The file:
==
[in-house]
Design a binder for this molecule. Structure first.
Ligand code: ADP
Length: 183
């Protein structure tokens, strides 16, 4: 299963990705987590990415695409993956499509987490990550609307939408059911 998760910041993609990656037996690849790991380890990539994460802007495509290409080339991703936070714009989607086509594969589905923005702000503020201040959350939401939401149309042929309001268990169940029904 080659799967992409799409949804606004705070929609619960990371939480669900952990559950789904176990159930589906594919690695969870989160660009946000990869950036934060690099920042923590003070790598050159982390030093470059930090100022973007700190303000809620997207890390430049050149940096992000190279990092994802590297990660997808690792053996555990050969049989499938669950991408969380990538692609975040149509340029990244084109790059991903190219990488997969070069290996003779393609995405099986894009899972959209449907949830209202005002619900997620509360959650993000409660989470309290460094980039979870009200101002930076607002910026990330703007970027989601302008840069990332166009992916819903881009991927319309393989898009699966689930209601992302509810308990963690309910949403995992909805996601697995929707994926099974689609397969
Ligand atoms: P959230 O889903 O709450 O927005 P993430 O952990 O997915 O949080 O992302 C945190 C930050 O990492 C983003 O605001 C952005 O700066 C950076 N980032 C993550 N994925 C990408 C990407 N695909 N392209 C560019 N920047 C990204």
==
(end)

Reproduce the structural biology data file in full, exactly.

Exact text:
[in-house]
Design a binder for this molecule. Structure first.
Ligand code: ADP
Length: 183
């Protein structure tokens, strides 16, 4: 299963990705987590990415695409993956499509987490990550609307939408059911 998760910041993609990656037996690849790991380890990539994460802007495509290409080339991703936070714009989607086509594969589905923005702000503020201040959350939401939401149309042929309001268990169940029904 080659799967992409799409949804606004705070929609619960990371939480669900952990559950789904176990159930589906594919690695969870989160660009946000990869950036934060690099920042923590003070790598050159982390030093470059930090100022973007700190303000809620997207890390430049050149940096992000190279990092994802590297990660997808690792053996555990050969049989499938669950991408969380990538692609975040149509340029990244084109790059991903190219990488997969070069290996003779393609995405099986894009899972959209449907949830209202005002619900997620509360959650993000409660989470309290460094980039979870009200101002930076607002910026990330703007970027989601302008840069990332166009992916819903881009991927319309393989898009699966689930209601992302509810308990963690309910949403995992909805996601697995929707994926099974689609397969
Ligand atoms: P959230 O889903 O709450 O927005 P993430 O952990 O997915 O949080 O992302 C945190 C930050 O990492 C983003 O605001 C952005 O700066 C950076 N980032 C993550 N994925 C990408 C990407 N695909 N392209 C560019 N920047 C990204």